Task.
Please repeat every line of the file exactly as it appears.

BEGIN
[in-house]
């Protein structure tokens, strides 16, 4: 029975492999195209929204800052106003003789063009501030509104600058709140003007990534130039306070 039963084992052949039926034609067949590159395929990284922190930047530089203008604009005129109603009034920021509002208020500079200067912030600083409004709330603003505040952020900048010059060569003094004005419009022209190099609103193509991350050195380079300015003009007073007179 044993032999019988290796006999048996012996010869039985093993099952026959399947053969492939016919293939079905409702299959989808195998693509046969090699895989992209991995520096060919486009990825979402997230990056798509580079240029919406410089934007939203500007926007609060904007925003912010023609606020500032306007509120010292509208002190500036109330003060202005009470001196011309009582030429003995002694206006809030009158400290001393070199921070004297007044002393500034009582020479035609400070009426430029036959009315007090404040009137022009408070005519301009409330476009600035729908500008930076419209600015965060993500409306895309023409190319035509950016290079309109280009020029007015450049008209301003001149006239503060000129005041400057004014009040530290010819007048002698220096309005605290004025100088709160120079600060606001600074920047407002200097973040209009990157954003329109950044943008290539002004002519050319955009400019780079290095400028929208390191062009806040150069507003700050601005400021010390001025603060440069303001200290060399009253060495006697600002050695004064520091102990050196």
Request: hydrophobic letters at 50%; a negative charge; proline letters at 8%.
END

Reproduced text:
[in-house]
């Protein structure tokens, strides 16, 4: 029975492999195209929204800052106003003789063009501030509104600058709140003007990534130039306070 039963084992052949039926034609067949590159395929990284922190930047530089203008604009005129109603009034920021509002208020500079200067912030600083409004709330603003505040952020900048010059060569003094004005419009022209190099609103193509991350050195380079300015003009007073007179 044993032999019988290796006999048996012996010869039985093993099952026959399947053969492939016919293939079905409702299959989808195998693509046969090699895989992209991995520096060919486009990825979402997230990056798509580079240029919406410089934007939203500007926007609060904007925003912010023609606020500032306007509120010292509208002190500036109330003060202005009470001196011309009582030429003995002694206006809030009158400290001393070199921070004297007044002393500034009582020479035609400070009426430029036959009315007090404040009137022009408070005519301009409330476009600035729908500008930076419209600015965060993500409306895309023409190319035509950016290079309109280009020029007015450049008209301003001149006239503060000129005041400057004014009040530290010819007048002698220096309005605290004025100088709160120079600060606001600074920047407002200097973040209009990157954003329109950044943008290539002004002519050319955009400019780079290095400028929208390191062009806040150069507003700050601005400021010390001025603060440069303001200290060399009253060495006697600002050695004064520091102990050196």
Request: hydrophobic letters at 50%; a negative charge; proline letters at 8%.